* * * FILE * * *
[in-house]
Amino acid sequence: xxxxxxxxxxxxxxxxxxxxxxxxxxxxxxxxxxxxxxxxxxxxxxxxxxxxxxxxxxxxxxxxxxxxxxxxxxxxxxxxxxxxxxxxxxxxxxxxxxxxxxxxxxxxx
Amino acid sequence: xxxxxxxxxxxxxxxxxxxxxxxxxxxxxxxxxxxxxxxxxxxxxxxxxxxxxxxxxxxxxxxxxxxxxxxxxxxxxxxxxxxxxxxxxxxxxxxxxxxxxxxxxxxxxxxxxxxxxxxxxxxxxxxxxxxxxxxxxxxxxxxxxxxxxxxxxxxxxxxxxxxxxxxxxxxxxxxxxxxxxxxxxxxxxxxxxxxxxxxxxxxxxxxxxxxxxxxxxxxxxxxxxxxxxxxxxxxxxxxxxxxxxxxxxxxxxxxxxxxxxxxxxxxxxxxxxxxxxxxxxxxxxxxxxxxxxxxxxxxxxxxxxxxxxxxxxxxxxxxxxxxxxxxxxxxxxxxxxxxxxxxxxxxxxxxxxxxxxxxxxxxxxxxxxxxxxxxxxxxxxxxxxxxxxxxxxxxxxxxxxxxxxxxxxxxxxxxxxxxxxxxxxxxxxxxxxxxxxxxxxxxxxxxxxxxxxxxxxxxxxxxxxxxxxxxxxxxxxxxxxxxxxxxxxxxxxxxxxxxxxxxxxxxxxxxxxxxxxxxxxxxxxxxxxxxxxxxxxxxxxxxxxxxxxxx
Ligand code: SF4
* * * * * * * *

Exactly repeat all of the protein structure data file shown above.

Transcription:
[in-house]
Amino acid sequence: xxxxxxxxxxxxxxxxxxxxxxxxxxxxxxxxxxxxxxxxxxxxxxxxxxxxxxxxxxxxxxxxxxxxxxxxxxxxxxxxxxxxxxxxxxxxxxxxxxxxxxxxxxxxx
Amino acid sequence: xxxxxxxxxxxxxxxxxxxxxxxxxxxxxxxxxxxxxxxxxxxxxxxxxxxxxxxxxxxxxxxxxxxxxxxxxxxxxxxxxxxxxxxxxxxxxxxxxxxxxxxxxxxxxxxxxxxxxxxxxxxxxxxxxxxxxxxxxxxxxxxxxxxxxxxxxxxxxxxxxxxxxxxxxxxxxxxxxxxxxxxxxxxxxxxxxxxxxxxxxxxxxxxxxxxxxxxxxxxxxxxxxxxxxxxxxxxxxxxxxxxxxxxxxxxxxxxxxxxxxxxxxxxxxxxxxxxxxxxxxxxxxxxxxxxxxxxxxxxxxxxxxxxxxxxxxxxxxxxxxxxxxxxxxxxxxxxxxxxxxxxxxxxxxxxxxxxxxxxxxxxxxxxxxxxxxxxxxxxxxxxxxxxxxxxxxxxxxxxxxxxxxxxxxxxxxxxxxxxxxxxxxxxxxxxxxxxxxxxxxxxxxxxxxxxxxxxxxxxxxxxxxxxxxxxxxxxxxxxxxxxxxxxxxxxxxxxxxxxxxxxxxxxxxxxxxxxxxxxxxxxxxxxxxxxxxxxxxxxxxxxxxxxxxxx
Ligand code: SF4